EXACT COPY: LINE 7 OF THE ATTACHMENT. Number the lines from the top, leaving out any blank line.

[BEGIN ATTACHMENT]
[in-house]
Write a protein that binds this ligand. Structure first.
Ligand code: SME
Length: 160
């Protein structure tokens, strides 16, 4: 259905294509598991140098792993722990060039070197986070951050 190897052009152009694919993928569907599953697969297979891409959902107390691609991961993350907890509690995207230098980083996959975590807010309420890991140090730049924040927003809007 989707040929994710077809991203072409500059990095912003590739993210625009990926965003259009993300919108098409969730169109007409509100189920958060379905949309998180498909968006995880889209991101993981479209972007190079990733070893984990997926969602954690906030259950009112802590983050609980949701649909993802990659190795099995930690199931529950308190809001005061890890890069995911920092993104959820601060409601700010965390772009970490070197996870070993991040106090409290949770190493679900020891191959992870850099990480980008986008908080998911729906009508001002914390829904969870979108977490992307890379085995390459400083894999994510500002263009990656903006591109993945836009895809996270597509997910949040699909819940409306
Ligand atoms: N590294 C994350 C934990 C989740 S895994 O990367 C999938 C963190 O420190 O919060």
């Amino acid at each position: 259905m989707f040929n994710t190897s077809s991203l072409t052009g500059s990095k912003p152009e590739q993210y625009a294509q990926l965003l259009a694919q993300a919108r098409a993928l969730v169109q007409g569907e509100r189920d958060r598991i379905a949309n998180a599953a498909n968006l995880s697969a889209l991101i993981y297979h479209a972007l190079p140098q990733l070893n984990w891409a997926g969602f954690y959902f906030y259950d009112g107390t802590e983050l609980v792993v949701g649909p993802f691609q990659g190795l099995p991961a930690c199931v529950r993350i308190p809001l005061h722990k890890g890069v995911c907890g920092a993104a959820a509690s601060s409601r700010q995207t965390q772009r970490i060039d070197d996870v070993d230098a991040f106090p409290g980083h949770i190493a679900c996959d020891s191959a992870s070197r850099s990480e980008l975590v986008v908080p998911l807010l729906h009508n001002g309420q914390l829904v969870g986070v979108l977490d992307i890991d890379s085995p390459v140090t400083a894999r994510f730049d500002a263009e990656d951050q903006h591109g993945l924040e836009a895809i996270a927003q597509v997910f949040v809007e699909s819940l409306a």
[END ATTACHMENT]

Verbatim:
């Amino acid at each position: 259905m989707f040929n994710t190897s077809s991203l072409t052009g500059s990095k912003p152009e590739q993210y625009a294509q990926l965003l259009a694919q993300a919108r098409a993928l969730v169109q007409g569907e509100r189920d958060r598991i379905a949309n998180a599953a498909n968006l995880s697969a889209l991101i993981y297979h479209a972007l190079p140098q990733l070893n984990w891409a997926g969602f954690y959902f906030y259950d009112g107390t802590e983050l609980v792993v949701g649909p993802f691609q990659g190795l099995p991961a930690c199931v529950r993350i308190p809001l005061h722990k890890g890069v995911c907890g920092a993104a959820a509690s601060s409601r700010q995207t965390q772009r970490i060039d070197d996870v070993d230098a991040f106090p409290g980083h949770i190493a679900c996959d020891s191959a992870s070197r850099s990480e980008l975590v986008v908080p998911l807010l729906h009508n001002g309420q914390l829904v969870g986070v979108l977490d992307i890991d890379s085995p390459v140090t400083a894999r994510f730049d500002a263009e990656d951050q903006h591109g993945l924040e836009a895809i996270a927003q597509v997910f949040v809007e699909s819940l409306a």